Posts Tagged ‘Indoor Baseball Chicago Style From 1887’

Indoor Baseball, Chicago Style, From 1887

February 27, 2019

This 1897 image is the earliest known photo of an indoor baseball team.
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LIBRARY OF CONGRESS

There’s a very interesting article by a fellow named Jeff Nichols in the January 30, 2019 Chicago Reader about the origins of a baseball derivative sport they called “indoor baseball” on the south side of Chicago back in 1887. It is, so far, the best description I’ve ever found on the root causes of the game’s invention and how the regular game of baseball had to be modified to work indoors – in spaces that were never designed to handle the zoom-and-go flight of an actual baseball ~ even in the deadball era.

I already knew that my birthplace home town of Beeville ~ along with several other small South Texas cities ~ had played a game they called “indoor baseball” for a brief time in the early 20th century. I just could not discover or envision how they could have played anything close in resemblance to the real game of baseball in the kinds of very small and limited spaces available to them at the Bee County Fairgrounds.

Nichols’ article answers any serious questions I may have harbored. It was more like stick ball, if the game were being played out in the lobby of a very small hotel.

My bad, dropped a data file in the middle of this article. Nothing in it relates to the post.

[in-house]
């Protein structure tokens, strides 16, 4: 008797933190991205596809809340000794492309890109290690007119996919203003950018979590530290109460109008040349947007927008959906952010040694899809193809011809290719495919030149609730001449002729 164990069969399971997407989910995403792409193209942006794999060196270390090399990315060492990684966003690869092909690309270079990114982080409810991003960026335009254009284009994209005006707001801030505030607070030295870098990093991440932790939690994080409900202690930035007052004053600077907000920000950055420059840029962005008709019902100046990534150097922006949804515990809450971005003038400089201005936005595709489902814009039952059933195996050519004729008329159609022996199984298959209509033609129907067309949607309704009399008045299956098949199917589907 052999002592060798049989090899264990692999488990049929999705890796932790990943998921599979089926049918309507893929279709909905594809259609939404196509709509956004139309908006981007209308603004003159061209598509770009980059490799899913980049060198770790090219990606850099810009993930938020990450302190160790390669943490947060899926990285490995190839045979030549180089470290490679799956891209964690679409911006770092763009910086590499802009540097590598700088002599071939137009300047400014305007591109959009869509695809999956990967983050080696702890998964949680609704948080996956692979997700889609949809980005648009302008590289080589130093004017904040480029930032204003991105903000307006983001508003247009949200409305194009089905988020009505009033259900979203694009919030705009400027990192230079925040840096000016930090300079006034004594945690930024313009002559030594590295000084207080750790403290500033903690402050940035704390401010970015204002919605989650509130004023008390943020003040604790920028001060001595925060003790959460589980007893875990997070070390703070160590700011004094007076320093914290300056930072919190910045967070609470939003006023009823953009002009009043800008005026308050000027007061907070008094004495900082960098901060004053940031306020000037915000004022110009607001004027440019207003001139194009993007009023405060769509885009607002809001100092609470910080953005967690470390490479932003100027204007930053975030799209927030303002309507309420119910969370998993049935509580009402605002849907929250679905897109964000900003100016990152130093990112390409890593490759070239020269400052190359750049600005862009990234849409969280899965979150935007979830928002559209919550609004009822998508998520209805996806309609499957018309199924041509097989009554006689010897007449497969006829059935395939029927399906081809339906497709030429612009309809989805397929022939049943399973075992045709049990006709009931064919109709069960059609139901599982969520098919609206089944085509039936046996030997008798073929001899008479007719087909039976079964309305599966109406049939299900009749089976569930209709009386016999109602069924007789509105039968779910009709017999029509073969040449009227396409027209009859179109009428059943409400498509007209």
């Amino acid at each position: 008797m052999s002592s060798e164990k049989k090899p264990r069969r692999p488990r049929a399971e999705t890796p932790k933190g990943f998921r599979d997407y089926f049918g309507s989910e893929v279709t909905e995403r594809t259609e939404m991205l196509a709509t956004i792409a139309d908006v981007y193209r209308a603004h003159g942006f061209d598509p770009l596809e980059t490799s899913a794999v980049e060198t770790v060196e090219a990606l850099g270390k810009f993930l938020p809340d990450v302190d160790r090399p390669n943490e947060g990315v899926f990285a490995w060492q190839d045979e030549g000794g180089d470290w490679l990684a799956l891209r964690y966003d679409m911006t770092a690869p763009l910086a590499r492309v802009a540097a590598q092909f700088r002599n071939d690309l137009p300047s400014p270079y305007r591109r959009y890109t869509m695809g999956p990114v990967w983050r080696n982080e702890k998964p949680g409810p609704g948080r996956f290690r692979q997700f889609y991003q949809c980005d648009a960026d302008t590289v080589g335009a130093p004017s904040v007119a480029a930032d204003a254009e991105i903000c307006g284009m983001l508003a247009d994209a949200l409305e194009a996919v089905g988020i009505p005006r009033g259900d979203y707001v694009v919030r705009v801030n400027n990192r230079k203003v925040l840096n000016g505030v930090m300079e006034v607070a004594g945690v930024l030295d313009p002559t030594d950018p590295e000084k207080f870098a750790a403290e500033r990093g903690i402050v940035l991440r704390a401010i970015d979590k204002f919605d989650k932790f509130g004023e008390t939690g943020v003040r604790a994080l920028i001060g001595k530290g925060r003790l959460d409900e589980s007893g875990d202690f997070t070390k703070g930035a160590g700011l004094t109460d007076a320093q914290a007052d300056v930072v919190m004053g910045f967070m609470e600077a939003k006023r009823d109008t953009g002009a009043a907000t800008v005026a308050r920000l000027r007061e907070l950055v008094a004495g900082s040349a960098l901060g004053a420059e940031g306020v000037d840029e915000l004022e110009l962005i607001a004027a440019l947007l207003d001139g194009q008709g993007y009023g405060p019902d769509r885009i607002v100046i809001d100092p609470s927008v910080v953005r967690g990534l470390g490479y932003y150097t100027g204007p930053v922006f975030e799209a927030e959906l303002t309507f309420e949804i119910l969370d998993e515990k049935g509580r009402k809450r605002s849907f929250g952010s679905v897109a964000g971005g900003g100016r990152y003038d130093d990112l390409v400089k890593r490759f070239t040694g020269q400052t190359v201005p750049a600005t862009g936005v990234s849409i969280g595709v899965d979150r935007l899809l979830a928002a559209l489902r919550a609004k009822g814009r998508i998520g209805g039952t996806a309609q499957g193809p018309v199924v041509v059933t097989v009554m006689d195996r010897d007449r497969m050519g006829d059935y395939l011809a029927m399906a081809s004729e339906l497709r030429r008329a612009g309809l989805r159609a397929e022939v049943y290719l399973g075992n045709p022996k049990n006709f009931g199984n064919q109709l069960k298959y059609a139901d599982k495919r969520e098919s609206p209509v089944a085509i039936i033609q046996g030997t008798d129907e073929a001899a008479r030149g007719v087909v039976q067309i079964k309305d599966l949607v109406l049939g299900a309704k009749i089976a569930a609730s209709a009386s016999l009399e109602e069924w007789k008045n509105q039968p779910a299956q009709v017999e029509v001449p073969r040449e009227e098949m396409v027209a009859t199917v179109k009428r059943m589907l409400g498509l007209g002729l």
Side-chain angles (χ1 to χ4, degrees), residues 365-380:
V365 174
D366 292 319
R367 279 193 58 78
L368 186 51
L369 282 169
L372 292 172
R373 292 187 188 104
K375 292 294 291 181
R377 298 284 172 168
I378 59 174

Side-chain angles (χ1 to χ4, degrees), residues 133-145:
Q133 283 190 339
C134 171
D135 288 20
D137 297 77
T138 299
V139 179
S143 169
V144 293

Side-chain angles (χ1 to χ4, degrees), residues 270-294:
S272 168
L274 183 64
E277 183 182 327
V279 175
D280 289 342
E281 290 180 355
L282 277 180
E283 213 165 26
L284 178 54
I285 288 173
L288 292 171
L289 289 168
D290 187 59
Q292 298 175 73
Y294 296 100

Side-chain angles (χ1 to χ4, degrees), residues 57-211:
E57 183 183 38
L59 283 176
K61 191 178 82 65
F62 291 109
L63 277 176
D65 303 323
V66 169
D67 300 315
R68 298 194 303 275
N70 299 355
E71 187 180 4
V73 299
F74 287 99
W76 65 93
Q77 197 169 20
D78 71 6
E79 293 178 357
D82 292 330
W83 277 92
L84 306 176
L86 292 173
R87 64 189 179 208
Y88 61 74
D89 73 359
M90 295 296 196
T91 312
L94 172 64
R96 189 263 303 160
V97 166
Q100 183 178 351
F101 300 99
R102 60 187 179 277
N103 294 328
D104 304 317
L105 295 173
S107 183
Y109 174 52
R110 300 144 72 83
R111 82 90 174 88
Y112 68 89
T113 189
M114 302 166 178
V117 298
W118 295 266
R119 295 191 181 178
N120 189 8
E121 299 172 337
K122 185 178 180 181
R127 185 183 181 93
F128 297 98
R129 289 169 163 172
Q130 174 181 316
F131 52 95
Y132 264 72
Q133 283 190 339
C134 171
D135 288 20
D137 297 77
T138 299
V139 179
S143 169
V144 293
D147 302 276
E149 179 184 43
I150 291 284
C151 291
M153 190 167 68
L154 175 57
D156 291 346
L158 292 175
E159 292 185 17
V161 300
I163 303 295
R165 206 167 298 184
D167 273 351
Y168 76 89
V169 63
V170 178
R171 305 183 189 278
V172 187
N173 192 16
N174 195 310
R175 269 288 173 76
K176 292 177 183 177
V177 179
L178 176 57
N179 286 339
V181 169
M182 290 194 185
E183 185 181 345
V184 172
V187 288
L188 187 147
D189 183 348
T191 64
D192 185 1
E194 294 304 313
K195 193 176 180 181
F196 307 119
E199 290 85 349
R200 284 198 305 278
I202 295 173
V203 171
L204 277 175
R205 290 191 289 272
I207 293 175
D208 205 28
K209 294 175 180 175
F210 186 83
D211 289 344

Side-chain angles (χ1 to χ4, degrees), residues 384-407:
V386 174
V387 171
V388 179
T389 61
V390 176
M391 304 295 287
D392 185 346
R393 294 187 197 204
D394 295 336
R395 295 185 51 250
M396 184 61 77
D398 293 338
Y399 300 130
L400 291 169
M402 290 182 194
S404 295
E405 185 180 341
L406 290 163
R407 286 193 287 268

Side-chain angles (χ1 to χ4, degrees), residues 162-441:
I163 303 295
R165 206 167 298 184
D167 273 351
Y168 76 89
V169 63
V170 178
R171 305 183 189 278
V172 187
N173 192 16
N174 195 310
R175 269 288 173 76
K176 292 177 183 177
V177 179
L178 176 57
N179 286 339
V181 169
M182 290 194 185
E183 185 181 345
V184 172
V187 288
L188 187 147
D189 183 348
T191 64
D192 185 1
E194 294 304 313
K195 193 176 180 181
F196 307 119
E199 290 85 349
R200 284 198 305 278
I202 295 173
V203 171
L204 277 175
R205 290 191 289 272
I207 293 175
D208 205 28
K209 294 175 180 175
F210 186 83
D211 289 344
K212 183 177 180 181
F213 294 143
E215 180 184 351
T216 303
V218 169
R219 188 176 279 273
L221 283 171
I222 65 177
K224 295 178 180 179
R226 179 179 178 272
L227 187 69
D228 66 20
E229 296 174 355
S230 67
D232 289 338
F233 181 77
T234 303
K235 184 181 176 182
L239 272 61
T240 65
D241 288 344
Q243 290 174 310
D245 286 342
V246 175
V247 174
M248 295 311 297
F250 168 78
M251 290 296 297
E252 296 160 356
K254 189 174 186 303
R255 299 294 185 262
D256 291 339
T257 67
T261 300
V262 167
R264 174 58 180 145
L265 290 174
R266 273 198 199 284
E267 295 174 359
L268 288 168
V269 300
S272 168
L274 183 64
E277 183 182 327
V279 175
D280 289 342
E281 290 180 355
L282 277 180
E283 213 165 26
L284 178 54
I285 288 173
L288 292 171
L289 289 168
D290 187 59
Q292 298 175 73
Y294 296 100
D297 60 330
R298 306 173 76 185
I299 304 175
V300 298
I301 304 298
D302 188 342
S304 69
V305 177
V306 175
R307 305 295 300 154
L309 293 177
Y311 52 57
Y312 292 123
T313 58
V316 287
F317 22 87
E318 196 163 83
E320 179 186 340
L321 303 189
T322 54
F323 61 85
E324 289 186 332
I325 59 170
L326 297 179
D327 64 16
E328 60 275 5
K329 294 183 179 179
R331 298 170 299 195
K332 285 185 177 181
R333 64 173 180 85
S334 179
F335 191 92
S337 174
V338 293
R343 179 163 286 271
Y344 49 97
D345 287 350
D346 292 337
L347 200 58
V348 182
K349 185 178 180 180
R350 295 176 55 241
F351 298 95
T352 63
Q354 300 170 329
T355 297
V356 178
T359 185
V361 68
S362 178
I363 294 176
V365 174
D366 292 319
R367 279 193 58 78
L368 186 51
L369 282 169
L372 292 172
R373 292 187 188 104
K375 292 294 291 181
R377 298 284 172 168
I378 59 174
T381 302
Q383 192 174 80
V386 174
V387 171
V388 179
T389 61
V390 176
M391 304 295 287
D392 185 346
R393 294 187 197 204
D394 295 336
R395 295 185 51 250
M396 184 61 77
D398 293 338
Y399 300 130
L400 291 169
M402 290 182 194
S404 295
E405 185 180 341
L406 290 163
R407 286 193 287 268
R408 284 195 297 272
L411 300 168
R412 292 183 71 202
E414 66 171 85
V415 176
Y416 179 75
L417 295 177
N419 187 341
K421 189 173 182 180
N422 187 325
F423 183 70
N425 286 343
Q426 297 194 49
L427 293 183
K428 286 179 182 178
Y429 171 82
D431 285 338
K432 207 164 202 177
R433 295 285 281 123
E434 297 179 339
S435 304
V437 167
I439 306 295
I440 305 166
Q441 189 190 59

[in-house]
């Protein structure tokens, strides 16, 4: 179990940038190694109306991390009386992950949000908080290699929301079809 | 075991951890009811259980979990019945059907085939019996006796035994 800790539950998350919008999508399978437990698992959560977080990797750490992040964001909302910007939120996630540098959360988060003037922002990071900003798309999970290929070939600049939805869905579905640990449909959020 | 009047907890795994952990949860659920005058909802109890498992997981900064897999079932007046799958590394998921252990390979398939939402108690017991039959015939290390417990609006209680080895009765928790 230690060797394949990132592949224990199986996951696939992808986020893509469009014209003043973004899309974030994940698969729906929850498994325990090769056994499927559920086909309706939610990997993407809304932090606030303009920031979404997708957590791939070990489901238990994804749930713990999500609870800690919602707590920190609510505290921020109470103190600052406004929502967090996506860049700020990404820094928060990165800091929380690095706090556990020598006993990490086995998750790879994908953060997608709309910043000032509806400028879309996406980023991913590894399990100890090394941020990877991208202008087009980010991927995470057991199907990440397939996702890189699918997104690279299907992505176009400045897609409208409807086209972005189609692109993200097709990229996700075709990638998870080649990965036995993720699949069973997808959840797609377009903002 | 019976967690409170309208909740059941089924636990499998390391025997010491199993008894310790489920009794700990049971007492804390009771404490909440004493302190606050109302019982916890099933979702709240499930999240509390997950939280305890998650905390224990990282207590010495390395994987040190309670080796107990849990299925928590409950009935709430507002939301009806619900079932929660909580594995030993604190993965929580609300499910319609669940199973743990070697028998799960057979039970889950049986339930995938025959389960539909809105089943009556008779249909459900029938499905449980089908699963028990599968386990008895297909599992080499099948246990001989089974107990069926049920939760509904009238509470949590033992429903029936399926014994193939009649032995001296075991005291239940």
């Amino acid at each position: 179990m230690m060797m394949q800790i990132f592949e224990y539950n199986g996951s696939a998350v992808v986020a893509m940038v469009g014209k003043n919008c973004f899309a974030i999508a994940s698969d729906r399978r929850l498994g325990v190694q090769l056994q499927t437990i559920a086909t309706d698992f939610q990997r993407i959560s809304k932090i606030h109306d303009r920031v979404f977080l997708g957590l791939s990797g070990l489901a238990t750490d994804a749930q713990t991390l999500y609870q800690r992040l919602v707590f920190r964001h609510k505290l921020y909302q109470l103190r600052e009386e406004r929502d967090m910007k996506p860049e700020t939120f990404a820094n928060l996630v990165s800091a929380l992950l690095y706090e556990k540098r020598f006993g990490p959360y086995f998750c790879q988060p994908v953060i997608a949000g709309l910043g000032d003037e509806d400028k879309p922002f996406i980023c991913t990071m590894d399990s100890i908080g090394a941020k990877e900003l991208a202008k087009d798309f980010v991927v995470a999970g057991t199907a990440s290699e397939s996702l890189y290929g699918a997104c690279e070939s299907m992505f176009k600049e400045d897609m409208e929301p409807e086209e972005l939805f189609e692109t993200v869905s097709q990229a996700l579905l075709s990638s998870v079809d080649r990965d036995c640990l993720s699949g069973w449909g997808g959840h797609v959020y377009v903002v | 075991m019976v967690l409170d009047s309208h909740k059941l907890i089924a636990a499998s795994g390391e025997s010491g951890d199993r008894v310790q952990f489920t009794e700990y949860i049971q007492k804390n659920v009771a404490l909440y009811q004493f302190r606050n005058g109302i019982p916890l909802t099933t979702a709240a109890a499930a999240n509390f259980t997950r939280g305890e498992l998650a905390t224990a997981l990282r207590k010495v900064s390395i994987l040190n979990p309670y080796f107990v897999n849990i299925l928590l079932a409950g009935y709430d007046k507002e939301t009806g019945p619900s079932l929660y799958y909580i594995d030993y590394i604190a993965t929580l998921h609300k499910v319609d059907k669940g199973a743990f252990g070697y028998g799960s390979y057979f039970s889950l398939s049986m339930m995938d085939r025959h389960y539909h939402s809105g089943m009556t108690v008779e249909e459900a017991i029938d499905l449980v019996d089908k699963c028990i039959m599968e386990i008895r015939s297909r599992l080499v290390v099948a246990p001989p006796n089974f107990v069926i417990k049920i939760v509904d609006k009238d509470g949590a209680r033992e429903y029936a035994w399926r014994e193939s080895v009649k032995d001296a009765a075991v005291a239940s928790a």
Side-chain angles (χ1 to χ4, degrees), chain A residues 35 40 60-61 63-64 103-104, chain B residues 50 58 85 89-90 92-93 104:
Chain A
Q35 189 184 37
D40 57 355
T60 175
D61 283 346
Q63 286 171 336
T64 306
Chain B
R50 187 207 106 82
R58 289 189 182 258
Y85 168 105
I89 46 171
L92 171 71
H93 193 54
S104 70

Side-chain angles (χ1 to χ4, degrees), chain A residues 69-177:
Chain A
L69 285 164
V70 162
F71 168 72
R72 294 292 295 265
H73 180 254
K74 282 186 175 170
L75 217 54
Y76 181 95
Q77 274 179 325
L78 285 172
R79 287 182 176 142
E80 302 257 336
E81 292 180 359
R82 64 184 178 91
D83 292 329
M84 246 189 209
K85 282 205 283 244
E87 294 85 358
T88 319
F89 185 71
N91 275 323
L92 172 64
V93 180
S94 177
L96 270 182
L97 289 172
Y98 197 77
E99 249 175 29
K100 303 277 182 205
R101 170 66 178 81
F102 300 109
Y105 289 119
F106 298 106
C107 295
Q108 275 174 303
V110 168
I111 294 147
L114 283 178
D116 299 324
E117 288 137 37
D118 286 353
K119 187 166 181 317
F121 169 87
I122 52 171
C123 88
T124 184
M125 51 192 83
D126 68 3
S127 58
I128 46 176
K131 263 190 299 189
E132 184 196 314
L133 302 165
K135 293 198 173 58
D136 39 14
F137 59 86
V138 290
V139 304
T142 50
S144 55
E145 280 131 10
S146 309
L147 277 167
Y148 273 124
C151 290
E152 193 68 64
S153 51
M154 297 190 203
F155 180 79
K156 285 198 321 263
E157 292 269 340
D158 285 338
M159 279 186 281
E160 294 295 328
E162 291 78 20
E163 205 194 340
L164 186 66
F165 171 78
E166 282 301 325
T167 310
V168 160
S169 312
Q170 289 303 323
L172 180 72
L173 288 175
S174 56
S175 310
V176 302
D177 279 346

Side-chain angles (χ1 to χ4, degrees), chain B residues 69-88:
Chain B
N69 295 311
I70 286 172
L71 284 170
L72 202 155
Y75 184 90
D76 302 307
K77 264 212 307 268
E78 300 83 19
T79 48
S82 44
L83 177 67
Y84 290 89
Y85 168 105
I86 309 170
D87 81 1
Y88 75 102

It’s still a good read ~ and interesting to learn that a very young George Halas, the NFL icon founder and longtime coach of the Chicago Bears ~ along with his older brother, Walter Halas, ~ were two of the south side boys who also helped get indoor baseball off to a somewhat less roaring start.

https://www.chicagoreader.com/chicago/the-surprising-chicago-origins-of-indoor-baseball/Content?oid=67100853

The three photos from the article make it seem so much more real as something that actually happened. The first photo at the top features the oldest known photo of an indoor team. The next photo below features the Halas boys. The the last photo below speaks for itself on why indoor baseball never started a wildfire fan base.

 

The 1910 Crane High School team; the glum kid holding the ball in the front row is George Halas, the founder of the Chicago Bears. Above George is his older brother Walter, the captain of the team.
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SDN-008471, CHICAGO HISTORY MUSEUM, CHICAGO DAILY NEWS PHOTO COLLECTION

 

Young women playing indoor baseball in Pilsen
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BHNC_0044_0290_026, UNIVERSITY OF ILLINOIS AT CHICAGO LIBRARY, SPECIAL COLLECTIONS

 

Indoor baseball had a few brief runs in Texas during the early 20th century, but it lit no flames in the hearts and minds of Texans either until 1965 ~ when Judge Roy Hofheinz, the Houston Astros, and the Houston Astrodome came along and showed the world what had to be in place for the game of baseball to go viral in its support for the true indoor version.

If you want indoor baseball, you have to play the game in a place that feels like “The Eighth Wonder of the World!”

 

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Bill McCurdy

Principal Writer, Editor, Publisher